Though this quickly became the most recognizable version of the myth of Hippolytus and Phaedra, it was not the only one circulating in antiquity. Euripides’ first Hippolytus, for example, seems to have departed from the second version of the play in several notable ways, including by placing Phaedra’s suicide after the death of Hippolytus, rather than before it.
Another adaptation of the myth was Sophocles’ Phaedra, which is now known only from fragments. Sophocles’ play apparently differed from both of Euripides’ in several ways, including by having Theseus return from the Underworld rather than from an embassy.
Other than these Attic tragedies, the myth of Hippolytus and Phaedra received surprisingly few literary treatments in Greek literature. One fourth-century BCE critic and scholar, Asclepiades of Tragilus, recorded a version of the story in which Phaedra propositions Hippolytus while he is governing Troezen. In this version, as in Euripides’ first Hippolytus, Phaedra kills herself only after Hippolytus’ death.
A little later, the Hellenistic poet Lycophron produced a poem titled Hippolytus, though this work has not survived, and next to nothing is known about it.
Roman literature was familiar with the myth even before Seneca. There are references to Hippolytus or Phaedra in the poems of Virgil and Ovid, for example; particularly important among these works is Ovid’s Heroides 4, a poem presented as a letter from Phaedra to Hippolytus.
Other Roman authors claimed that after Hippolytus’ untimely demise, he was resurrected by the prodigious healer Asclepius and lived the rest of his life in Italy.
The following is a list of characters from Seneca’s Phaedra, in order of appearance:
Hippolytus (son of Theseus; stepson of Phaedra)
Phaedra (wife of Theseus; stepmother of Hippolytus)
Theseus (king of Athens; husband of Phaedra; father of Hippolytus)
The play begins with a long ode sung by Hippolytus, the son of the Athenian king Theseus and an Amazon woman (either Hippolyta or Antiope, depending on the source). A chaste young man, Hippolytus is preparing to go hunting and prays to Diana, the virgin goddess of the wild, for success.
Hippolytus’ stepmother Phaedra, a princess from Crete, enters and stands before the palace. She laments that her husband Theseus has been away for so long on a quest to help his friend Pirithous abduct Proserpina from the Underworld. She speaks of her mother Pasiphae’s unholy passion for her husband’s prize bull, hinting that she, too, is under the sway of a forbidden passion.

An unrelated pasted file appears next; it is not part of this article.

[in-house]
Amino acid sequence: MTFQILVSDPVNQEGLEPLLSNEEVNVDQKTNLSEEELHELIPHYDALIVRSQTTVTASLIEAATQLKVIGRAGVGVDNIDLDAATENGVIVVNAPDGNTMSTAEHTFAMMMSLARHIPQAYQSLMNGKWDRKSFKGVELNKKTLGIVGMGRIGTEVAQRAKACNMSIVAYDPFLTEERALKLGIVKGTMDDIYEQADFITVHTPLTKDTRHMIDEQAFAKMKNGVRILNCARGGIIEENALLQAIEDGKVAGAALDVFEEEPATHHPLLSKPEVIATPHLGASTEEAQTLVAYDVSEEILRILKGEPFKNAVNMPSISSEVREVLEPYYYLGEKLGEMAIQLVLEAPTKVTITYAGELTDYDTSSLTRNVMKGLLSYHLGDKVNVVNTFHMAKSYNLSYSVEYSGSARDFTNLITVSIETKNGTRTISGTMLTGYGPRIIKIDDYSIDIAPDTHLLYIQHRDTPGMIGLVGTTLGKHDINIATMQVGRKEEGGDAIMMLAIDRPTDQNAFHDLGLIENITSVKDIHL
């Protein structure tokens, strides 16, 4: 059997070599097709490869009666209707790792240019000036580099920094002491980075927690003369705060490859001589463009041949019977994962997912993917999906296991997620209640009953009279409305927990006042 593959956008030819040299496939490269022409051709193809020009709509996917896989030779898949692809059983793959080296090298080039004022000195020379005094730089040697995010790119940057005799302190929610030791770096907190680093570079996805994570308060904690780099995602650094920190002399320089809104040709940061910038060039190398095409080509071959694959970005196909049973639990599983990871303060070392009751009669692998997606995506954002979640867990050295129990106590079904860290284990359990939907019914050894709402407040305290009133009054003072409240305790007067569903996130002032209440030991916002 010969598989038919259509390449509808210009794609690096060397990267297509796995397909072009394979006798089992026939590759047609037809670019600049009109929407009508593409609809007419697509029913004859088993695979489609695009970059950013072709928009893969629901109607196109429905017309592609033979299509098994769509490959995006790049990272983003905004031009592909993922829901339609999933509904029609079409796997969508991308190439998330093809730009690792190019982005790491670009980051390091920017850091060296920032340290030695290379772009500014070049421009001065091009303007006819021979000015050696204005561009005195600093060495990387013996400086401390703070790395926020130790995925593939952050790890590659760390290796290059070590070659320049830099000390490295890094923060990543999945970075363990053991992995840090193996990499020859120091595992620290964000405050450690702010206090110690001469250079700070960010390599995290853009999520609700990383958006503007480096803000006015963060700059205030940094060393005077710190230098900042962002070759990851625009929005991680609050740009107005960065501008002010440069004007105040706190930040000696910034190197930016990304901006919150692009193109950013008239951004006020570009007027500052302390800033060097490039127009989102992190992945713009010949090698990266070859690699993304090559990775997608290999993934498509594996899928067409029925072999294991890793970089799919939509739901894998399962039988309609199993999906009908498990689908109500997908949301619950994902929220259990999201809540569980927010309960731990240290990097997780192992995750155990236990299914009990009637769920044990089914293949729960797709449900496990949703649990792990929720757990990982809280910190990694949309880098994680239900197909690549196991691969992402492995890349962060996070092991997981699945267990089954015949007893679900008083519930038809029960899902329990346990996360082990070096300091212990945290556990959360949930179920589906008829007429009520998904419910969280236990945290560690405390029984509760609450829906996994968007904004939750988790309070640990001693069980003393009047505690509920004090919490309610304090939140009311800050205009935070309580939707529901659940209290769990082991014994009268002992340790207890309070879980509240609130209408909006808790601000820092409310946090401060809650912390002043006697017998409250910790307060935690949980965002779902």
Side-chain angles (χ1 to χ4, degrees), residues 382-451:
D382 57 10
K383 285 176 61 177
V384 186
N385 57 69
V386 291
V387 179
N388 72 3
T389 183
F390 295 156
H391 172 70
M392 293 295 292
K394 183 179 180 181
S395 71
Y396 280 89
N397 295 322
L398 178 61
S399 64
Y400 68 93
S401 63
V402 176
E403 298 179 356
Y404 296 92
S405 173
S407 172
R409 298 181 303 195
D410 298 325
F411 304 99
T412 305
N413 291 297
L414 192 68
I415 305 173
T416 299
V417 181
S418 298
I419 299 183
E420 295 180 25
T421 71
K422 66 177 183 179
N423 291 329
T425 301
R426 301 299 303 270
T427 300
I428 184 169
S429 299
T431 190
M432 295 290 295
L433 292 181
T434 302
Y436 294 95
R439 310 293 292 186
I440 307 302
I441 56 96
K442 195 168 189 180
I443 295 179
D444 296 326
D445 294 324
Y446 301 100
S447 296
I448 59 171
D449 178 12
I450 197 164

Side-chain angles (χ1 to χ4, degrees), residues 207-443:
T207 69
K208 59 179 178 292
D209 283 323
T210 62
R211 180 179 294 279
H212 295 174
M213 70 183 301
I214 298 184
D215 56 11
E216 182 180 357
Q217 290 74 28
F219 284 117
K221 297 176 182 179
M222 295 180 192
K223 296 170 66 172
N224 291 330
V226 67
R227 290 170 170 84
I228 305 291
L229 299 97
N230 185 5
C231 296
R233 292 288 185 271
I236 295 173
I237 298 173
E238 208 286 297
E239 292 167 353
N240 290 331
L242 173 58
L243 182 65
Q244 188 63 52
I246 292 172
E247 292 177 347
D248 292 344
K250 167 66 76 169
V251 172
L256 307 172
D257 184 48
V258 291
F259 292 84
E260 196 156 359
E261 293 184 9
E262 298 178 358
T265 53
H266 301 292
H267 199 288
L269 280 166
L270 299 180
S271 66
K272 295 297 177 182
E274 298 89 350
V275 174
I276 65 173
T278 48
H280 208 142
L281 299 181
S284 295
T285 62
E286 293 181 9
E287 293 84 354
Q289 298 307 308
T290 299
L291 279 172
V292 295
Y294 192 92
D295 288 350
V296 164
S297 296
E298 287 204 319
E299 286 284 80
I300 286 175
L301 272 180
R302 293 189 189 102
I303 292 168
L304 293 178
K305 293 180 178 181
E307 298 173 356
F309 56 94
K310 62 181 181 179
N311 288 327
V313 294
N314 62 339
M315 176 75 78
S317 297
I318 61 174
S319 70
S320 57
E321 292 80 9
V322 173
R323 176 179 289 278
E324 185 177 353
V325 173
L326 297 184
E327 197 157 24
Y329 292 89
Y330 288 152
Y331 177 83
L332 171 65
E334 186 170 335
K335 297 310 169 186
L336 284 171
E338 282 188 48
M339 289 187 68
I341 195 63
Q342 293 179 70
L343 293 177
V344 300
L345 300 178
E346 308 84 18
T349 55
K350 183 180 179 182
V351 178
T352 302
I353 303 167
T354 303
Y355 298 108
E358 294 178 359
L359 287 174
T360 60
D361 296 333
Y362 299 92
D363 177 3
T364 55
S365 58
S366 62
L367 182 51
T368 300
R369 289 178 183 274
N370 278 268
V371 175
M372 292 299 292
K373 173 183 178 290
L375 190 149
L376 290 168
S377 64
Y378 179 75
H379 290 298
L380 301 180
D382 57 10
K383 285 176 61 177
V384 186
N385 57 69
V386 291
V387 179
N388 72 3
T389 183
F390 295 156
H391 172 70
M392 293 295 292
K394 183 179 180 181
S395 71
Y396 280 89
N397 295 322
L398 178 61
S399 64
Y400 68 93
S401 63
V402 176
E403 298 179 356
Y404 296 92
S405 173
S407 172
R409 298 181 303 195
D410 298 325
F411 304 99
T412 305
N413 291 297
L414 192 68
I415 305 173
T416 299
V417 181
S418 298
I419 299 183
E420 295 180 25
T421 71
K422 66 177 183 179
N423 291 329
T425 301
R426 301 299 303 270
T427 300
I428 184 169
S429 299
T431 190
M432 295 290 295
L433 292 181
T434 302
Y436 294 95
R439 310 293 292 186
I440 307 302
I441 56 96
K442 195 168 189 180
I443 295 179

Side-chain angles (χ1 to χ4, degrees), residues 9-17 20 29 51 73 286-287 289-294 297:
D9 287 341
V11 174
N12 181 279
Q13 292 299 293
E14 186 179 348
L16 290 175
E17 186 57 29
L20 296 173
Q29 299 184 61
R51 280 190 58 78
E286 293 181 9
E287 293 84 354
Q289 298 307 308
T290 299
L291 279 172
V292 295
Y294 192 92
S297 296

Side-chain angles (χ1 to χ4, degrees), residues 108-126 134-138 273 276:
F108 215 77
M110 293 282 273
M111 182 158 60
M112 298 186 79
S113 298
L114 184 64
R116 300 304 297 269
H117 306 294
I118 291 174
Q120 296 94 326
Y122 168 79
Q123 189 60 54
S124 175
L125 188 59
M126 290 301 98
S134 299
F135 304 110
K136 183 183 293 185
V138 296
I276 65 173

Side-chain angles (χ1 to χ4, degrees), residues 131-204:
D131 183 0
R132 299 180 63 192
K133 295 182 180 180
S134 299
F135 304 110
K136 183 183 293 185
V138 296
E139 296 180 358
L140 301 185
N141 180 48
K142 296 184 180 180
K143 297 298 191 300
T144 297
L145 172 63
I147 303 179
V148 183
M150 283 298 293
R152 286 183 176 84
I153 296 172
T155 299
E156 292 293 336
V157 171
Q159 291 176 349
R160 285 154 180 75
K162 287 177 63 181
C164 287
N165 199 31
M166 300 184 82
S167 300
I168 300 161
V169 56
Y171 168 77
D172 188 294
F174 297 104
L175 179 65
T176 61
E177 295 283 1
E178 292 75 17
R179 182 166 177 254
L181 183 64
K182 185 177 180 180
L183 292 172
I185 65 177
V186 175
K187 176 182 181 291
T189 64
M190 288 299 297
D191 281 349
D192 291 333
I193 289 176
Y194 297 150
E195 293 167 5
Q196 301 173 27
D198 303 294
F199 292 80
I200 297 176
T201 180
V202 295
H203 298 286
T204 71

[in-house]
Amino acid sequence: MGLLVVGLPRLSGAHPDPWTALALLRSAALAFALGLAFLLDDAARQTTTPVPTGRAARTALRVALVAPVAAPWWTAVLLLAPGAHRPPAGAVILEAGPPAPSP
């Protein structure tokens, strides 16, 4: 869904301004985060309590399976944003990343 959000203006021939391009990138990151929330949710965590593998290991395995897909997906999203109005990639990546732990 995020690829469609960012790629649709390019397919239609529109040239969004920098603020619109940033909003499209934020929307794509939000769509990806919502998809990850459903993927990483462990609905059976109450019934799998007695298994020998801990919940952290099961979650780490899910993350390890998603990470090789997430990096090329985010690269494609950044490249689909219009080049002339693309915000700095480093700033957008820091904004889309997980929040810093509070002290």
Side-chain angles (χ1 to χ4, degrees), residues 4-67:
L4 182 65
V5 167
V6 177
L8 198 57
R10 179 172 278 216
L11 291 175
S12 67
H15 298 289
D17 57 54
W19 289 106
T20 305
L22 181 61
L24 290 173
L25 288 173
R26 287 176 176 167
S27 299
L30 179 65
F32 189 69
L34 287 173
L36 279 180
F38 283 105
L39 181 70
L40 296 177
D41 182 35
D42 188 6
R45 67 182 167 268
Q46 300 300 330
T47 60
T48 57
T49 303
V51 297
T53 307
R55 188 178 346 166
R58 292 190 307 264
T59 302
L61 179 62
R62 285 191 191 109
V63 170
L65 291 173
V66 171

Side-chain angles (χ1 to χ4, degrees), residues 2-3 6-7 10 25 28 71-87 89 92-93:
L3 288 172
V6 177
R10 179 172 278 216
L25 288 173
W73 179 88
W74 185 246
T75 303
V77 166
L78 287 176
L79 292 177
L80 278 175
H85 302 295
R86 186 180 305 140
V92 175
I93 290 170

It is gradually revealed that Phaedra is in love with her stepson Hippolytus, who shuns all women. Phaedra’s nurse tells her mistress to try and control this dangerous desire. But when Phaedra confesses that she fears she cannot, the nurse promises to help her.
Hippolytus enters, having returned from the hunt. The nurse speaks to him first, trying in vain to convince him to relax his commitment to chastity. Hippolytus responds by praising the purity of the natural world and deprecating all women.
Phaedra, meanwhile, falls in a faint. Hippolytus revives her and Phaedra reveals to him, in stages, that she is in love with him. Hippolytus is disgusted and almost kills Phaedra, before changing his mind and fleeing in horror.
The nurse decides to accuse Hippolytus of raping Phaedra in order to hide her mistress’s crime. The Chorus is troubled by all that has happened and sings the second ode, praising the beauty of Hippolytus, while noting that the beautiful often suffer terrible fates.
Theseus comes back from the Underworld and finds Phaedra on the verge of suicide. At her husband’s insistent questioning, Phaedra finally “admits” that Hippolytus raped her, threatening her with his sword. Theseus is furious and prays to his father Neptune, asking him to destroy Hippolytus. This is followed by the Chorus’s third ode, which laments the arbitrary power of fate.